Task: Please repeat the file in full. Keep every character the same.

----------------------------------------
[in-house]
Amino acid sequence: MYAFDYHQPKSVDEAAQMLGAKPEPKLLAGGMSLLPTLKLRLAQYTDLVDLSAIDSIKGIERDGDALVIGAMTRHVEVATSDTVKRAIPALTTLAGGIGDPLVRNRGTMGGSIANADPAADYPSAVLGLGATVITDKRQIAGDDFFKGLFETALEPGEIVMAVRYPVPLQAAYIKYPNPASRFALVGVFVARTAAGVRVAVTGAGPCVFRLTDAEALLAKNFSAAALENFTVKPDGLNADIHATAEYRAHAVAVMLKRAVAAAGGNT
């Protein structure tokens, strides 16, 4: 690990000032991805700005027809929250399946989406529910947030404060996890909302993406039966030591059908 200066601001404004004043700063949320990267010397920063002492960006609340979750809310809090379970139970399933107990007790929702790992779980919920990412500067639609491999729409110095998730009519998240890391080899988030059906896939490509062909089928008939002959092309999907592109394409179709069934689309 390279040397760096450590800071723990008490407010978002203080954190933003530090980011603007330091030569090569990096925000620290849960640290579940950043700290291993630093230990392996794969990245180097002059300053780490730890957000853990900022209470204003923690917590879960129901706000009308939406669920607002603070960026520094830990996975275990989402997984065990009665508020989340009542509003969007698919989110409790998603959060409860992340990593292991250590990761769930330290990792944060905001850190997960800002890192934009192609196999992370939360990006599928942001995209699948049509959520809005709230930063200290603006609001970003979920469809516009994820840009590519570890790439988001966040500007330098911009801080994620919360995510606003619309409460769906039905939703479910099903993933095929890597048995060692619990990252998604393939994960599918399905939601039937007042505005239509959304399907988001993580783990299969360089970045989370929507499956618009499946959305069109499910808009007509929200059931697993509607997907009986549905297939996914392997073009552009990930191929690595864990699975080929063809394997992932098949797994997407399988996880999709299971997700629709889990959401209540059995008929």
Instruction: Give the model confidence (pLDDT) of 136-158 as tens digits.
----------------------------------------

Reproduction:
[in-house]
Amino acid sequence: MYAFDYHQPKSVDEAAQMLGAKPEPKLLAGGMSLLPTLKLRLAQYTDLVDLSAIDSIKGIERDGDALVIGAMTRHVEVATSDTVKRAIPALTTLAGGIGDPLVRNRGTMGGSIANADPAADYPSAVLGLGATVITDKRQIAGDDFFKGLFETALEPGEIVMAVRYPVPLQAAYIKYPNPASRFALVGVFVARTAAGVRVAVTGAGPCVFRLTDAEALLAKNFSAAALENFTVKPDGLNADIHATAEYRAHAVAVMLKRAVAAAGGNT
């Protein structure tokens, strides 16, 4: 690990000032991805700005027809929250399946989406529910947030404060996890909302993406039966030591059908 200066601001404004004043700063949320990267010397920063002492960006609340979750809310809090379970139970399933107990007790929702790992779980919920990412500067639609491999729409110095998730009519998240890391080899988030059906896939490509062909089928008939002959092309999907592109394409179709069934689309 390279040397760096450590800071723990008490407010978002203080954190933003530090980011603007330091030569090569990096925000620290849960640290579940950043700290291993630093230990392996794969990245180097002059300053780490730890957000853990900022209470204003923690917590879960129901706000009308939406669920607002603070960026520094830990996975275990989402997984065990009665508020989340009542509003969007698919989110409790998603959060409860992340990593292991250590990761769930330290990792944060905001850190997960800002890192934009192609196999992370939360990006599928942001995209699948049509959520809005709230930063200290603006609001970003979920469809516009994820840009590519570890790439988001966040500007330098911009801080994620919360995510606003619309409460769906039905939703479910099903993933095929890597048995060692619990990252998604393939994960599918399905939601039937007042505005239509959304399907988001993580783990299969360089970045989370929507499956618009499946959305069109499910808009007509929200059931697993509607997907009986549905297939996914392997073009552009990930191929690595864990699975080929063809394997992932098949797994997407399988996880999709299971997700629709889990959401209540059995008929």
Instruction: Give the model confidence (pLDDT) of 136-158 as tens digits.